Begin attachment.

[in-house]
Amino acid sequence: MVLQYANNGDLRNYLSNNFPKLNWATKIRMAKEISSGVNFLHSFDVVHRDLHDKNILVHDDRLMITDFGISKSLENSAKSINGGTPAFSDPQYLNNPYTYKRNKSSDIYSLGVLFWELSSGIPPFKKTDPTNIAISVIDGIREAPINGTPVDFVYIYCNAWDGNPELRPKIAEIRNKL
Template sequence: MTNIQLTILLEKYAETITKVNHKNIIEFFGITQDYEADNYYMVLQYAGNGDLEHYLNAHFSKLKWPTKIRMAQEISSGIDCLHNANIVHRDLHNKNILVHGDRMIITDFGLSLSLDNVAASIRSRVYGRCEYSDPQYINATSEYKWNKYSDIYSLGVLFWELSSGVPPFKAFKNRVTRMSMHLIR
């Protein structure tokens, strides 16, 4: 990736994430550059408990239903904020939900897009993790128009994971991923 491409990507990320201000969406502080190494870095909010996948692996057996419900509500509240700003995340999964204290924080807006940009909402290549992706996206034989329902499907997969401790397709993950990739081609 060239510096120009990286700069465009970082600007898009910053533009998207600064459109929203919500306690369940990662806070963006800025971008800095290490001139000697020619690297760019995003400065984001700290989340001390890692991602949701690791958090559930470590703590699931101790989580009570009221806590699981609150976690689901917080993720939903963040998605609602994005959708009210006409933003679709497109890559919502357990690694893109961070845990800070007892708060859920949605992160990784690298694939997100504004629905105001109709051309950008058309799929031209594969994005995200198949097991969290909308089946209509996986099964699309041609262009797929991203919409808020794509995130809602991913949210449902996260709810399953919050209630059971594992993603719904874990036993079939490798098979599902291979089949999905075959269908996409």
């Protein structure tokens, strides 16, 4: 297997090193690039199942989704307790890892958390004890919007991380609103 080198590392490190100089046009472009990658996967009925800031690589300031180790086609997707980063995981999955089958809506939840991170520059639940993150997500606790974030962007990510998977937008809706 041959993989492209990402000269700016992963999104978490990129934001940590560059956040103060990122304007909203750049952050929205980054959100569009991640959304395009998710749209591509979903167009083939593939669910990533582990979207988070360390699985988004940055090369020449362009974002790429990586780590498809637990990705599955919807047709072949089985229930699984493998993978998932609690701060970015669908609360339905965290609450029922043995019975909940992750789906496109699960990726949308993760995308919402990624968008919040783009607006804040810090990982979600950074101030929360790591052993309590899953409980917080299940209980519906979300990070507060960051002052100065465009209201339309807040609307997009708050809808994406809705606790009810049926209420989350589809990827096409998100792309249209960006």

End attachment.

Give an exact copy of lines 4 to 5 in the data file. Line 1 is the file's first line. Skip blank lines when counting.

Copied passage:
């Protein structure tokens, strides 16, 4: 990736994430550059408990239903904020939900897009993790128009994971991923 491409990507990320201000969406502080190494870095909010996948692996057996419900509500509240700003995340999964204290924080807006940009909402290549992706996206034989329902499907997969401790397709993950990739081609 060239510096120009990286700069465009970082600007898009910053533009998207600064459109929203919500306690369940990662806070963006800025971008800095290490001139000697020619690297760019995003400065984001700290989340001390890692991602949701690791958090559930470590703590699931101790989580009570009221806590699981609150976690689901917080993720939903963040998605609602994005959708009210006409933003679709497109890559919502357990690694893109961070845990800070007892708060859920949605992160990784690298694939997100504004629905105001109709051309950008058309799929031209594969994005995200198949097991969290909308089946209509996986099964699309041609262009797929991203919409808020794509995130809602991913949210449902996260709810399953919050209630059971594992993603719904874990036993079939490798098979599902291979089949999905075959269908996409």
């Protein structure tokens, strides 16, 4: 297997090193690039199942989704307790890892958390004890919007991380609103 080198590392490190100089046009472009990658996967009925800031690589300031180790086609997707980063995981999955089958809506939840991170520059639940993150997500606790974030962007990510998977937008809706 041959993989492209990402000269700016992963999104978490990129934001940590560059956040103060990122304007909203750049952050929205980054959100569009991640959304395009998710749209591509979903167009083939593939669910990533582990979207988070360390699985988004940055090369020449362009974002790429990586780590498809637990990705599955919807047709072949089985229930699984493998993978998932609690701060970015669908609360339905965290609450029922043995019975909940992750789906496109699960990726949308993760995308919402990624968008919040783009607006804040810090990982979600950074101030929360790591052993309590899953409980917080299940209980519906979300990070507060960051002052100065465009209201339309807040609307997009708050809808994406809705606790009810049926209420989350589809990827096409998100792309249209960006």